From The Accidental Genealogist: "Do you have marriage records for your grandparents or great-grandparents? Write a post about where they were married and when. Any family stories about the wedding day? Post of photo too if you have one."
What a difference a year makes! When I blogged on this theme one year ago, I had no marriage records for either my grandparents or great-parents. Checking over my records just now, I have marriage records for all of them -- 2 sets of grandparents and 4 sets of great-grandparents.
One set of records, those for my great-grandparents, Lewis and Margaret Adams Greenleaf (the subject of last year's post) who married in Lenox, Berkshire County, Massachusetts in October 1898, were accessed and downloaded at Family Search. The others records I got by writing to various city or state agencies in New York or Pennsylvania. I have no family stories on any of them, though, and no wedding photographs, either.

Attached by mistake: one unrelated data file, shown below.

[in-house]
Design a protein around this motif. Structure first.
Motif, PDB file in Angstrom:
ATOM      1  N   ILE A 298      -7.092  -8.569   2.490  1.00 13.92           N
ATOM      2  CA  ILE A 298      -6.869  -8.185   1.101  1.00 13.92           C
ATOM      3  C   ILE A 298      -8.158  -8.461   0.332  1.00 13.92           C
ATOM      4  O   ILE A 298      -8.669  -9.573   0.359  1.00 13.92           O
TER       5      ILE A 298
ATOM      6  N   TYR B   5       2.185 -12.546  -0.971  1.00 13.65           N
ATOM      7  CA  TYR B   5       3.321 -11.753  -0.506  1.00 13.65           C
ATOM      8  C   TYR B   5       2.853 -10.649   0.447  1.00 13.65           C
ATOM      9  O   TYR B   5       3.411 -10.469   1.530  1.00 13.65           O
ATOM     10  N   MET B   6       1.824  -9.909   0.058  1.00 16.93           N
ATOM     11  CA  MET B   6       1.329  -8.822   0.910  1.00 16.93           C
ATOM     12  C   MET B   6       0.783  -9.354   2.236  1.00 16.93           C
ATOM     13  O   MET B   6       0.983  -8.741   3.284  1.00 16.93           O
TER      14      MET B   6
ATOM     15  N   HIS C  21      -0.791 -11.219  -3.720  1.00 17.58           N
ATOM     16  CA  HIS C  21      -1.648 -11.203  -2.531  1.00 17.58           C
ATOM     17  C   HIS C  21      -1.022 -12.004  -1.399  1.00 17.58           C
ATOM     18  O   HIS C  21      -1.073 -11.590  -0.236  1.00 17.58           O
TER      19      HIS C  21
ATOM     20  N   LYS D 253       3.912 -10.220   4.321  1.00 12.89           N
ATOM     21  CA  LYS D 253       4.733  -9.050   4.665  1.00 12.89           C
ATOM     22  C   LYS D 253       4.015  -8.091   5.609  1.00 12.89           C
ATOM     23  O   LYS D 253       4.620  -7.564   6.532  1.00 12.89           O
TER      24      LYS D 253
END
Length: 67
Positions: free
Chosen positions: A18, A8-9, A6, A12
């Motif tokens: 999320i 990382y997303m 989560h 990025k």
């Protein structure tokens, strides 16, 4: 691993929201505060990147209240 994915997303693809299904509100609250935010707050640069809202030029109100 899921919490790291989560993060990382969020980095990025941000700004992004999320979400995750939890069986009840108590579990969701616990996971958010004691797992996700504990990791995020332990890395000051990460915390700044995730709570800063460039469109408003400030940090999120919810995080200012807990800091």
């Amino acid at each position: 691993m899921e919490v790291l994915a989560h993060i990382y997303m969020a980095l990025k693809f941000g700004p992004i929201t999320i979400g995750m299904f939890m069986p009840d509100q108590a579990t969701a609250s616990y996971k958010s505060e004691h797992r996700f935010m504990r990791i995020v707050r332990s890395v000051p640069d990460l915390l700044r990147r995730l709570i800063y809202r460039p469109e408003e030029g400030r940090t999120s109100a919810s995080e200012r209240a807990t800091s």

So this year's story...
I have plenty of wedding photographs of my maternal grandmother's first wedding in 1942. Her husband, Rufus L. Patterson III was killed in 1944, shot down over Germany. [see Follow Friday post on World War II Casualty Lists] Rufus' mother was Elsie "Lissa" Parsons Patterson Kennedy (1901-1966) of Lenox, Massachusetts. Through this relationship with the Parsons family in Lenox, my grandmother met her second husband, Joseph Harrison Worrall (1913-1979). Lissa's younger brother, Herbert Parsons (1909-1995) married Margaret "Margot" Sharpless Worrall (1909-1986) in 1935. Margot's younger brother was Joseph Harrison Worrall, my grandfather.
This is a fairly scientific post. I wish I knew more stories, more romance, but can only guess and imagine at emotions and what happened in these peoples' lives. It's an interesting connection my family has as a result - these interconnected families with skewed generations. But this is an important baseline for other stories I have to tell. I haven't even begun to do justice to the story, to the people involved, but at least I've started laying the groundwork, finally getting it out of my head and into writing.